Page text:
The merge between investment management and investment operations
Benjamin Page-Fort, Director GTM Strategy, SimCorp and Gregg Lutz, Investment Strategist for American Equity, explore the differences and commonalities between the front and back office.
Sara Benwellposted on Tuesday, September 26, 2023
Today’s investment management organisations need to be agile to take advantage of new opportunities. They need to be innovative, and able to explore and onboard new asset classes in the ongoing hunt for yield. Equally, customer service is a growing differentiator and clients expect more reporting – often in real time.
This puts pressure on investment management teams, who must be laser-focused on making the right portfolio decisions quickly. It also adds stress onto operations functions, who may find that reporting requirements are taking up more time than ever, pulling them away from other critical activities.
To be truly agile, front- and back-offices need to work in harmony towards the same goals. This means breaking down siloes and understanding the commonalities and differences between operations teams and portfolio managers. Firms must find the lowest common denominator between the two and use that as a starting point to create a rich, governed process that makes sure portfolio visibility, strategy and execution are all top priorities for the organisation.
One frustration common to both groups is inaccurate and disorganised data. Whether you’re speaking to portfolio managers or accountancy teams, everyone agrees that up to date, clean and accessible data is critical to the successful operation of an asset manager or insurer. Both need a single source of truth for success.
A siloed front and back office, with disparate data and manual processes can have catastrophic impacts for a firm. Whether it’s reputational damage because millions have been sent to a wrong account, or regulatory risks because portfolio managers are making trades based on incorrect positions – the consequences can be severe.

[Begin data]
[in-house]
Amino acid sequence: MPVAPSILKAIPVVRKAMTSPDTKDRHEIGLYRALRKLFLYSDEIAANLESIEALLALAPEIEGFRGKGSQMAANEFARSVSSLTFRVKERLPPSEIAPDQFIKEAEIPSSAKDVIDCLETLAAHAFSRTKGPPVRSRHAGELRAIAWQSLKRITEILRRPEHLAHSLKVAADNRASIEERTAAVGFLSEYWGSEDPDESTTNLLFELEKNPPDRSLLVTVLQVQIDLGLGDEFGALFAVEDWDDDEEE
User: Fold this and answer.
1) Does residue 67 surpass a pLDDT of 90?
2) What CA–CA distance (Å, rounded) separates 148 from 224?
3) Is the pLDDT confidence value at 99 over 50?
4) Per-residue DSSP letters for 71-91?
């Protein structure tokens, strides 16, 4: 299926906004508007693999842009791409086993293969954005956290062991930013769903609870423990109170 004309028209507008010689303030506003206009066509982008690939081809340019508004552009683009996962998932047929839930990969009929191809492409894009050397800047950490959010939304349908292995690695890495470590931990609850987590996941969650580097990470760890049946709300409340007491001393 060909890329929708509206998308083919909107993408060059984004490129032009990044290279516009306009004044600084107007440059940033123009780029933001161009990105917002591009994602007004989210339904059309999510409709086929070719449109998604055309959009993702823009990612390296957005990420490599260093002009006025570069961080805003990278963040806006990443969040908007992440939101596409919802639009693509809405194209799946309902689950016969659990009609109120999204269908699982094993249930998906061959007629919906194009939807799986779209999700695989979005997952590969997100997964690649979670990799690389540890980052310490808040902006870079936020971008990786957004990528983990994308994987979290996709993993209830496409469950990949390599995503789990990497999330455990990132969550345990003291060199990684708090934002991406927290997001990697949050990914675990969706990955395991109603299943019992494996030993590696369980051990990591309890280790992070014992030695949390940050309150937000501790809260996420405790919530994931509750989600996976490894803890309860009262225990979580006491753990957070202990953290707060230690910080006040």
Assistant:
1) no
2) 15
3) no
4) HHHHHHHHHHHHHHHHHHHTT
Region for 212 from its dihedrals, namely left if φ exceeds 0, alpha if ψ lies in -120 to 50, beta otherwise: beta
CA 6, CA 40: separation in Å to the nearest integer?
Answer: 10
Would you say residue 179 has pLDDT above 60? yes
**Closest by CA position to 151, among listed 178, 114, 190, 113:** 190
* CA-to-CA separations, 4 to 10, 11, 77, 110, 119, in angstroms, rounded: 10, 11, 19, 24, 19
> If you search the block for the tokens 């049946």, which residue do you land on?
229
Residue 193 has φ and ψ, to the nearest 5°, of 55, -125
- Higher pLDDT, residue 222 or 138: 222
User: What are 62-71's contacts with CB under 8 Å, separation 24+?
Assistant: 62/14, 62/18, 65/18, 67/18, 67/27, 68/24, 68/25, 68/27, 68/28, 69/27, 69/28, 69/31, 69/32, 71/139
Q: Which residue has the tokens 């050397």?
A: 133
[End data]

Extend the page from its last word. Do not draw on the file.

There are opportunity costs too. If teams aren’t working in harmony, towards a common goal supported by the same underpinning data, that means they’re losing time that could be otherwise spent on value-added activities.
To further discussion on this topic, Contributing Editor Sara Benwell spoke to Gregg Lutz and Benjamin Page-Fort as part of a new report.
Sara Benwell: Where do the needs of investment operations and investment management overlap? What are the similarities between the two?
Gregg Lutz: I tend to think of two main areas – trade clearing, and security information accuracy for surveillance reporting and accounting.
On the trade clearing side, you have things like custody management, investment book of record (IBOR) accuracy, cash management etc., but those are the two big buckets where the front office and the back office have a common desire for quality.
"People want to know how much income they have, what losses they’ve made and how much book value they’re amortising."
The front office is typically buying assets for a client or an institution. To meet customer needs, they need to keep track of what they’re doing. Trades must be cleared appropriately and custodied correctly. That requires good data.
The next layer is the wider securities and portfolio information to take care of the assets that have been bought. That’s the kind of data that helps surveillance, whether it’s analytics, security master information for reporting categorisations, risk management and so on.
Finally, teams need to do client reporting. Everything must be accounted for. People want to know how much income they have, what losses they’ve made and how much book value they’re amortising.
Benjamin Page-Fort: Gregg’s point is exactly right. The interchange between the operations functions and the data that they provide and monitor, and the investment teams has gone from an end of day, end of month, end of quarter exercise to an almost real-time activity.
"The middle office is asked for more than just monthly and quarterly reporting to their clients who may be external or internal."
If you have multiple asset classes with different levels of liquidity and reporting, it becomes much harder to get an idea of what pre- and post-trade cash and compliance looks like. How do I know what I can do on the trading desk if 30% of my portfolio is illiquid and I have cash held away for capital costs?
We’re seeing an evolution where a risk management function, which used to be a mostly middle office enterprise task, has now moved closer to the desk because it’s a trade-to-trade exercise. The middle office is asked for more than just monthly and quarterly reporting to their clients who may be external or internal.
The full version of this interview is featured in “Convergence Point: Improving Operations and Technology to Support the Execution of Insurance Investment Strategies”, which is published in conjunction with SimCorp and can be downloaded here.